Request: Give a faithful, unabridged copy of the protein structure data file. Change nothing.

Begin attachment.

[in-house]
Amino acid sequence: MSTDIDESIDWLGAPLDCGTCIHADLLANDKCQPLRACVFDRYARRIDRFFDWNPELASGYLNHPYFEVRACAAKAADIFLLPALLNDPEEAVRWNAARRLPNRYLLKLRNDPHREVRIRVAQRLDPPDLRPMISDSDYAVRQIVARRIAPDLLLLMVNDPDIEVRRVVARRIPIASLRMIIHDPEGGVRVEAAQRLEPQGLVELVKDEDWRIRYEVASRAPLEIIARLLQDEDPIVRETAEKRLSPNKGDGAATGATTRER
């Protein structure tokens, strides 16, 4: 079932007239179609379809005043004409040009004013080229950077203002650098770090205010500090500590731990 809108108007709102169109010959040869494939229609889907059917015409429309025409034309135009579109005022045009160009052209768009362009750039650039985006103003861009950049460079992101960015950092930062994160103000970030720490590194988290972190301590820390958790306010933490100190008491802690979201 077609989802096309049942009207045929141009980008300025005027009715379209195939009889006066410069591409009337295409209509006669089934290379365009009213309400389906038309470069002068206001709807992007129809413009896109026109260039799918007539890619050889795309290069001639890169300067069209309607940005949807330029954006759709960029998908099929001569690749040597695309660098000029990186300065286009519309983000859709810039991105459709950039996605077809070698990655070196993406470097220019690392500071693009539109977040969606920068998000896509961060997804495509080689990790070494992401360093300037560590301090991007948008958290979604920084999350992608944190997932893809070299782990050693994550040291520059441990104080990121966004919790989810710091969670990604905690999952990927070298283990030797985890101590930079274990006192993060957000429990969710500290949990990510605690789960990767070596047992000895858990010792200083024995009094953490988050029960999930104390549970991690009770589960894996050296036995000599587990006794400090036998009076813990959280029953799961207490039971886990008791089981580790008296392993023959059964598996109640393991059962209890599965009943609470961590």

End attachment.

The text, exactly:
[in-house]
Amino acid sequence: MSTDIDESIDWLGAPLDCGTCIHADLLANDKCQPLRACVFDRYARRIDRFFDWNPELASGYLNHPYFEVRACAAKAADIFLLPALLNDPEEAVRWNAARRLPNRYLLKLRNDPHREVRIRVAQRLDPPDLRPMISDSDYAVRQIVARRIAPDLLLLMVNDPDIEVRRVVARRIPIASLRMIIHDPEGGVRVEAAQRLEPQGLVELVKDEDWRIRYEVASRAPLEIIARLLQDEDPIVRETAEKRLSPNKGDGAATGATTRER
């Protein structure tokens, strides 16, 4: 079932007239179609379809005043004409040009004013080229950077203002650098770090205010500090500590731990 809108108007709102169109010959040869494939229609889907059917015409429309025409034309135009579109005022045009160009052209768009362009750039650039985006103003861009950049460079992101960015950092930062994160103000970030720490590194988290972190301590820390958790306010933490100190008491802690979201 077609989802096309049942009207045929141009980008300025005027009715379209195939009889006066410069591409009337295409209509006669089934290379365009009213309400389906038309470069002068206001709807992007129809413009896109026109260039799918007539890619050889795309290069001639890169300067069209309607940005949807330029954006759709960029998908099929001569690749040597695309660098000029990186300065286009519309983000859709810039991105459709950039996605077809070698990655070196993406470097220019690392500071693009539109977040969606920068998000896509961060997804495509080689990790070494992401360093300037560590301090991007948008958290979604920084999350992608944190997932893809070299782990050693994550040291520059441990104080990121966004919790989810710091969670990604905690999952990927070298283990030797985890101590930079274990006192993060957000429990969710500290949990990510605690789960990767070596047992000895858990010792200083024995009094953490988050029960999930104390549970991690009770589960894996050296036995000599587990006794400090036998009076813990959280029953799961207490039971886990008791089981580790008296392993023959059964598996109640393991059962209890599965009943609470961590």